Replied to A Simple Plan to Make My Love of Reading Transparent to My Students by Bill Ferriter (The Tempered Radical)
To make my love of reading even more transparent this year, I’m stealing an idea from my friend Pete Caggia: I’ve created a space on my board where I’m sharing the covers of the books that I’ve already read this year AND the cover of the book that I’m currently reading.
Bill, I am assuming that you only teach in the one classroom?
Liked Lead Smarter, Not Harder Tip 2: Start Asking Better Interview Questions by Bill Ferriter (Tempered Radical)
The goal for interviews in a professional learning community ISN’T to spot candidates who already have “all the answers” to questions about technology use or differentiation or classroom management. The goal for interviews in a professional learning community is to spot candidates who are reflective, who have a growth mindset about their own practice, and who realize that personal growth is a function of collective study with capable peers.
Replied to Lead Smarter, Not Harder Tip One: Understand Teacher Approaches to Change by Bill Ferriter (Tempered Radical)
Leading smarter, not harder depends on having a clear understanding of who the Trailblazers, Pioneers, Settlers, Stay-at-Homes and Saboteurs are in your building because each group is going to need different kinds of support in order to move forward. 
This is interesting Bill. I think that the hard thing is that we do not always choose who we work with.
Liked How Much SHOULD a Public School Teacher Make? by Bill Ferriter (The Tempered Radical)

Long story short:  I’m a realist.  Teachers are never going to make a fortune.  It’s not fiscally responsible — and the fact of the matter is that we HAVE to be fiscally responsible.  

But let’s quit pretending that teachers who are using their voices to draw attention to the sad state of funding in our public schools and to the impact those funding choices are having on kids are bad people trying to fleece America.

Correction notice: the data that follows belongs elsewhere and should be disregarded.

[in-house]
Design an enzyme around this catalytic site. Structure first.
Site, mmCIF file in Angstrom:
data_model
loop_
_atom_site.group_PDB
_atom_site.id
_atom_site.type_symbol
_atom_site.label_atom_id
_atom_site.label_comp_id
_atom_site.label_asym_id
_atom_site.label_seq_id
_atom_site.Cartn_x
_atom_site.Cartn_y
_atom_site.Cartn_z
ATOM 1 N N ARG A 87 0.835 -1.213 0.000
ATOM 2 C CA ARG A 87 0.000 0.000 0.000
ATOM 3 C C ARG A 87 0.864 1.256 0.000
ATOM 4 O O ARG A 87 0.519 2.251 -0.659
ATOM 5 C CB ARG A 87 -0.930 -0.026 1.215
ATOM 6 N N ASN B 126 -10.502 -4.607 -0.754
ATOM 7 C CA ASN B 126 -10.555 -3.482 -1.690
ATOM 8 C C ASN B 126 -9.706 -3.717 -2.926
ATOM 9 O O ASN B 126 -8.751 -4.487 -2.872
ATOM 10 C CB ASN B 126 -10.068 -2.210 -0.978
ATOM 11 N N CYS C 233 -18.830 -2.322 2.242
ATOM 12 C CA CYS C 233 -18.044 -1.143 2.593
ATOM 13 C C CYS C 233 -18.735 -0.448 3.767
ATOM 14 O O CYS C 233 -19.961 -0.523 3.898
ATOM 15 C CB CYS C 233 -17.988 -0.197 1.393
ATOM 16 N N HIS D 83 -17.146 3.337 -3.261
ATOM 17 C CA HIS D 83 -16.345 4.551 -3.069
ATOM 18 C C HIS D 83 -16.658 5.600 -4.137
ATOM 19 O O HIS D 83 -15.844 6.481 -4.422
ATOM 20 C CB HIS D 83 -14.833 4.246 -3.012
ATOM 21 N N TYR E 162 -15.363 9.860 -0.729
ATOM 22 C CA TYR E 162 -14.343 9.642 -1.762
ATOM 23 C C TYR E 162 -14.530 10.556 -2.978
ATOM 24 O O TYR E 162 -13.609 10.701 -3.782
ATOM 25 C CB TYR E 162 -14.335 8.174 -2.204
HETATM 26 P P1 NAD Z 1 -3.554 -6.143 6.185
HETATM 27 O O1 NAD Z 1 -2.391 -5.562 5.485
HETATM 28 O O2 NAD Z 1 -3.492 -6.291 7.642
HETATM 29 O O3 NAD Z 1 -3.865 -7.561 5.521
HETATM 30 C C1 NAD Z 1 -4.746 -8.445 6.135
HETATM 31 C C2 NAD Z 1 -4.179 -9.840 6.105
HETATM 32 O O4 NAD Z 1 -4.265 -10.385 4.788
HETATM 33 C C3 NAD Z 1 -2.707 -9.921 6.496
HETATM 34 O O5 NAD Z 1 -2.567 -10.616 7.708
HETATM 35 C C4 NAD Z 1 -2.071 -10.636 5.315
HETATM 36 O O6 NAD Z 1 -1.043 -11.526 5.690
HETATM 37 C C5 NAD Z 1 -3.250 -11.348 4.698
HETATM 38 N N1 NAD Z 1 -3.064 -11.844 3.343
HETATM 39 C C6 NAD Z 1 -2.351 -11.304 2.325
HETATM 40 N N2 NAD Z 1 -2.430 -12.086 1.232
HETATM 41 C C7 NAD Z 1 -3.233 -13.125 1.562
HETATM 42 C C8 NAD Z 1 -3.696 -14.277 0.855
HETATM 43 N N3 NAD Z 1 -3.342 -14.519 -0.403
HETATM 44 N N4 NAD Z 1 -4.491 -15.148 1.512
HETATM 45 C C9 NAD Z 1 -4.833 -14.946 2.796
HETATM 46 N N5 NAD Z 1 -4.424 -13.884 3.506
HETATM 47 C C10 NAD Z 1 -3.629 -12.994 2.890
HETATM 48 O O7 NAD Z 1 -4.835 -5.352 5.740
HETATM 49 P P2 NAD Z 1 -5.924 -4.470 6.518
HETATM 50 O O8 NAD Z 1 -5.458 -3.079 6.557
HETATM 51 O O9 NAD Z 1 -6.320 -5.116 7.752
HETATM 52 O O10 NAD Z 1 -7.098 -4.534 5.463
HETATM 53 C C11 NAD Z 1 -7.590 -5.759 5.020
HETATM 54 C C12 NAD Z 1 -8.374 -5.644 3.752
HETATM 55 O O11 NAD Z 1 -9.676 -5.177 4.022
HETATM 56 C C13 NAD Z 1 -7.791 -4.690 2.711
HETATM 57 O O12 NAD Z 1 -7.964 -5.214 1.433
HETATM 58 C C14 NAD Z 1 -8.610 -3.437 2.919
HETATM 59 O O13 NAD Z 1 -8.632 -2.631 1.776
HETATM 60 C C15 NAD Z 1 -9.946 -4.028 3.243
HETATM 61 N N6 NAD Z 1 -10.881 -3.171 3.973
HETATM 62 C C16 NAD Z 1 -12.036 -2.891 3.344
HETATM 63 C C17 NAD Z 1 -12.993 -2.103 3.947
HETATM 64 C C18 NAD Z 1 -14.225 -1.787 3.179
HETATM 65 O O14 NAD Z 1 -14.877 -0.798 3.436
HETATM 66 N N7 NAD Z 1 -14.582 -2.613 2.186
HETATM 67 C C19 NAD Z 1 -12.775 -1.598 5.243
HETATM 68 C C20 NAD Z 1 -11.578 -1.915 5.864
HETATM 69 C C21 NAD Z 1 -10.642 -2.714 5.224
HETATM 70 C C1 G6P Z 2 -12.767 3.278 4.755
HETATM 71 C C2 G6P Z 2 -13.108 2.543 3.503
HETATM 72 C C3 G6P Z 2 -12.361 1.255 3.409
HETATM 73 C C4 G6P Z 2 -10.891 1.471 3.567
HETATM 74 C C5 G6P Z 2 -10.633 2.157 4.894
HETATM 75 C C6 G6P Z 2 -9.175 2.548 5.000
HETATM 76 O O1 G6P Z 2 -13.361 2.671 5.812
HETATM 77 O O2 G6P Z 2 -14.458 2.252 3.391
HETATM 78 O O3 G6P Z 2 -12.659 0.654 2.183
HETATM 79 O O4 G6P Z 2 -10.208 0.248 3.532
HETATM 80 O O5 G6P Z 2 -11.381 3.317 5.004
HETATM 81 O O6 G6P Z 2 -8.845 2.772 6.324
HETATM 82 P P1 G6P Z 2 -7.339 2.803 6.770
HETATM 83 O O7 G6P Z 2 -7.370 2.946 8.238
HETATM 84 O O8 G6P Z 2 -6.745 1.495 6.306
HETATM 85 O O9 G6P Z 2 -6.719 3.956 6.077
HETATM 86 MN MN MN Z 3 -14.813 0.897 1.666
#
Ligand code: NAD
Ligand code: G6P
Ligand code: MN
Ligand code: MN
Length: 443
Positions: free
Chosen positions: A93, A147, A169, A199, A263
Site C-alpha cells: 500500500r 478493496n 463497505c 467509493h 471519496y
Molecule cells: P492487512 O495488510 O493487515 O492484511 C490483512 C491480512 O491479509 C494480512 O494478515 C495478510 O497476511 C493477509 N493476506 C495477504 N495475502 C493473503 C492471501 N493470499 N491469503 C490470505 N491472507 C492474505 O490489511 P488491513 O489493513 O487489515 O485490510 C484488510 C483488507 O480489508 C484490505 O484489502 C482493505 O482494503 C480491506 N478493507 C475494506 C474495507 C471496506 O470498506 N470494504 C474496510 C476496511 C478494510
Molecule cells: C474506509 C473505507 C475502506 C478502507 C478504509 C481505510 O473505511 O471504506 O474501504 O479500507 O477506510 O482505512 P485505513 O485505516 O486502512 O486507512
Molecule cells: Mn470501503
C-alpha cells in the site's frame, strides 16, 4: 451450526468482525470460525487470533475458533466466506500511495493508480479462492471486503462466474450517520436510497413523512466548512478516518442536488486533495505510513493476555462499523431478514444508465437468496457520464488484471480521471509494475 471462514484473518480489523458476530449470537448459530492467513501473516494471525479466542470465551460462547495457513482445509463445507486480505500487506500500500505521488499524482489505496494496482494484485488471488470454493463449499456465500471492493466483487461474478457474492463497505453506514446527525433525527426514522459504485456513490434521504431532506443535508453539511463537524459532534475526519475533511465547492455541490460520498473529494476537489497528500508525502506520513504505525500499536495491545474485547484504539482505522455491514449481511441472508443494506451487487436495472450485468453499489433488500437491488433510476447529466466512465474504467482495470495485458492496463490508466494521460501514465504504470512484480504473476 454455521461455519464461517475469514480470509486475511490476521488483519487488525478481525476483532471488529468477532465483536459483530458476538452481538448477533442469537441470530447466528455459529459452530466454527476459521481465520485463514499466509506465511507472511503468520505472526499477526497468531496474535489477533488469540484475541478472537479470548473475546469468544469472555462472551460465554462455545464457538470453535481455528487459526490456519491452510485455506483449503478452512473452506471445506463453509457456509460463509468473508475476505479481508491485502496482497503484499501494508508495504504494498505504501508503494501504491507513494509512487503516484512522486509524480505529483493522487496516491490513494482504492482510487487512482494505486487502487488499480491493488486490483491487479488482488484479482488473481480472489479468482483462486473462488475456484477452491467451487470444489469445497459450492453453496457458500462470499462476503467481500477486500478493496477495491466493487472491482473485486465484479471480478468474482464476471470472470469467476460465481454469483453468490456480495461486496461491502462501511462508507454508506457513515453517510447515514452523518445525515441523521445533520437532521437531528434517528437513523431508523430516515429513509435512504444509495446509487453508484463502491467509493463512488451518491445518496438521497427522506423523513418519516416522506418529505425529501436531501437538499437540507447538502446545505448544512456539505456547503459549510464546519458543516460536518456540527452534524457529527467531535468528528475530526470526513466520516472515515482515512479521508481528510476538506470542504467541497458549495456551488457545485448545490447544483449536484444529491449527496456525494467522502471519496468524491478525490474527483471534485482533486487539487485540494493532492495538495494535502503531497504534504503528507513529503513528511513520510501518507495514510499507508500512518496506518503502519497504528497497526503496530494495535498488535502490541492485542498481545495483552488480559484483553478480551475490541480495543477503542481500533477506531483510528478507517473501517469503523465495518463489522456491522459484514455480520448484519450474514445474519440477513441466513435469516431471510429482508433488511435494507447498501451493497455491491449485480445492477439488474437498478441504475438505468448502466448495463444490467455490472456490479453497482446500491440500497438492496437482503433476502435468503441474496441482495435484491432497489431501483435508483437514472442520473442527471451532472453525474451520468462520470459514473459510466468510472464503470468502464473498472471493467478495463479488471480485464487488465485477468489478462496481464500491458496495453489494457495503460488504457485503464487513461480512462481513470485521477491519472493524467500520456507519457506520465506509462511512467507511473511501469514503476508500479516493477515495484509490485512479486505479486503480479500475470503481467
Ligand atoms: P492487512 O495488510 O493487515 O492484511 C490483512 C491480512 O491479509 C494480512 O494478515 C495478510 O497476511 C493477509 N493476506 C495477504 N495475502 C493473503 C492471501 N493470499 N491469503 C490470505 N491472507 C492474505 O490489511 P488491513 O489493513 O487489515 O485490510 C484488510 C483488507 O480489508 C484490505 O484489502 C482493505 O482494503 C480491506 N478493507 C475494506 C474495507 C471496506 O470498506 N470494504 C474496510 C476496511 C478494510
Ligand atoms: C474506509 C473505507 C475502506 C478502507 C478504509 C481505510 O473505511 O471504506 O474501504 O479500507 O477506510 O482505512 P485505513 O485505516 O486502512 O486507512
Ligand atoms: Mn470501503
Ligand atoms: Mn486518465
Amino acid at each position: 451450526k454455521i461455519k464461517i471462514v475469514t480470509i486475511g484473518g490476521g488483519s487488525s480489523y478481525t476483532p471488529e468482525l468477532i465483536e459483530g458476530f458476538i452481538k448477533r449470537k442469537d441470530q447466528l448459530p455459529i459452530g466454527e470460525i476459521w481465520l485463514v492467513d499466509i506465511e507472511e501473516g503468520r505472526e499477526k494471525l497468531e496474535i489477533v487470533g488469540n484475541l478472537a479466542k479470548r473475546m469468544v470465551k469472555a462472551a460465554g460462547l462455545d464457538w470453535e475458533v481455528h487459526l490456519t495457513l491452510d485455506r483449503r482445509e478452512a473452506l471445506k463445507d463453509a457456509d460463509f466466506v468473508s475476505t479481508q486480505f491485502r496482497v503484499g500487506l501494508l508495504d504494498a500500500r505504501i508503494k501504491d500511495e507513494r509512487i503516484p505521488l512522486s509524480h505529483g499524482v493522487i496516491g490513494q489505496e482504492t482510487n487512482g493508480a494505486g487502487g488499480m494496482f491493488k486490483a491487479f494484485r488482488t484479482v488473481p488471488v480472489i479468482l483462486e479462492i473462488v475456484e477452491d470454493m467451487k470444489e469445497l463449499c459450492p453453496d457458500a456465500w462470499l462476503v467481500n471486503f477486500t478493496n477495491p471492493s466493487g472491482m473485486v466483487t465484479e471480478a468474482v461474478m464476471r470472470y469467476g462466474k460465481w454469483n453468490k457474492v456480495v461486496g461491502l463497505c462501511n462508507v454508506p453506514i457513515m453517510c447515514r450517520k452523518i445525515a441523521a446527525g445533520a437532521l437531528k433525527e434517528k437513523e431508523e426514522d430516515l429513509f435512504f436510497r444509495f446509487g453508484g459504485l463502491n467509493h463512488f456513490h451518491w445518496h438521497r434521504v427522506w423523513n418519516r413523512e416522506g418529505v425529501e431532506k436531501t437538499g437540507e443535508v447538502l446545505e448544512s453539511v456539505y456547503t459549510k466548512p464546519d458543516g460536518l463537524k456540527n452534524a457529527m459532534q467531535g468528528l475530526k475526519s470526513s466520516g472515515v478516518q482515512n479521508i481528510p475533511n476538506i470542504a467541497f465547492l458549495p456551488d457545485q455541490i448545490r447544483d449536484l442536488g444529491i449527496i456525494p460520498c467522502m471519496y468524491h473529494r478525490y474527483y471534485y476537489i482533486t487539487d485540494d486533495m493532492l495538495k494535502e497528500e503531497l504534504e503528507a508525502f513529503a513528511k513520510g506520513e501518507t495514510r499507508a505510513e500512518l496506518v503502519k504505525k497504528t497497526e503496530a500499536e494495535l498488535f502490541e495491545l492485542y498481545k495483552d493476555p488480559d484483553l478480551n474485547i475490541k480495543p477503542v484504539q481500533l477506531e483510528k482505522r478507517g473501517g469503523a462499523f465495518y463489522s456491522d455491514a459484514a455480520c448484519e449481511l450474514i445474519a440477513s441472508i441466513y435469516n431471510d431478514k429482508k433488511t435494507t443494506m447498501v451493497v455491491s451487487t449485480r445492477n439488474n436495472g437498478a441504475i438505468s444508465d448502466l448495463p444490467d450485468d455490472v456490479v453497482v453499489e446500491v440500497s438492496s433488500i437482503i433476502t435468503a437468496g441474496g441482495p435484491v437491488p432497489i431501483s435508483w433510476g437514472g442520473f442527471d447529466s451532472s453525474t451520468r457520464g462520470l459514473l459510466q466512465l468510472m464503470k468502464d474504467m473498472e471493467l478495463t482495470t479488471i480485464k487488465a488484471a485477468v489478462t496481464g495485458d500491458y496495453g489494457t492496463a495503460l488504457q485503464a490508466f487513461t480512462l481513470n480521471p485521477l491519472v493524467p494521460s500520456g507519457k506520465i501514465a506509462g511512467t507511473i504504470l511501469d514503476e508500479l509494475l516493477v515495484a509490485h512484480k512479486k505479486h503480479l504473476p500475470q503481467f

Liked Want to Drive Change? Find Your California Roll by Bill Ferriter (The Tempered Radical)
Just because Japanese restaurants wanted to serve exotic recipes to American customers from day one doesn’t mean that American patrons were ready to eat them. Instead, attracting interest and long term commitment meant creating recipes that introduced change incrementally, one new and interesting ingredient at a time.
Bookmarked Simple Truth: Technology Changes. The Skills We Believe in Don’t by William Ferriter (Tempered Radical)
People passionately argue that there ARE no “wrong answers” when it comes to using technology in teaching and learning. Or they passionately argue that you CAN’T do any of the tasks in the right hand column without the tools listed in the left hand column. Or they passionately argue that by labeling the actions in the left hand column “wrong answers,” I’m hurting people’s feelings and alienating teachers who aren’t quite ready to take kids towards the behaviors listed in the right hand column. But like it or not, I’ve chosen those words deliberately.
Bill Ferriter revisits his image of right and wrong use of technology.

Image - Technology is a Tool - V3

“Image – Technology is a Tool – V3” by William M Ferriter is licensed under CC BY-NC-ND

In support of this, he provides three reasons why he stands by his assertion of ‘wrong’:

  1. It provides a starting points for conversations about the use of technology
  2. If teachers aren’t looking beyond tools when making instructional choices their decision-making really is flawed
  3. Not buying the alienation argument

This comes back to his argument that technology makes learning more ‘doable‘.

Replied to Teaching Critical Thinking? These Mythbusters Activities Will Help by Bill Ferriter (The Tempered Radical)
Our goal is to help students recognize that gaps in thinking aren’t something to be afraid of.  They are something to be openly acknowledged and then addressed through deliberate attempts to gather more information.
Bill this is fantastic idea. I like the use of a graphic organiser to scaffold the thinking. It reminds me of the Zoom In routine, where it is impossible to ‘know’ what the image is, therefore forcing student to justify their interpretations.
Listened Microcast #001: Publish > Polish by Bill Ferriter from Tempered Radical
Have we gotten to the point where “blogging” no longer means messy reflection in the minds of most people? Is there now an expectation that blogs have to be filled with content that has been carefully created and “spit-shined?”And if so, does that discourage new bloggers from ever getting started?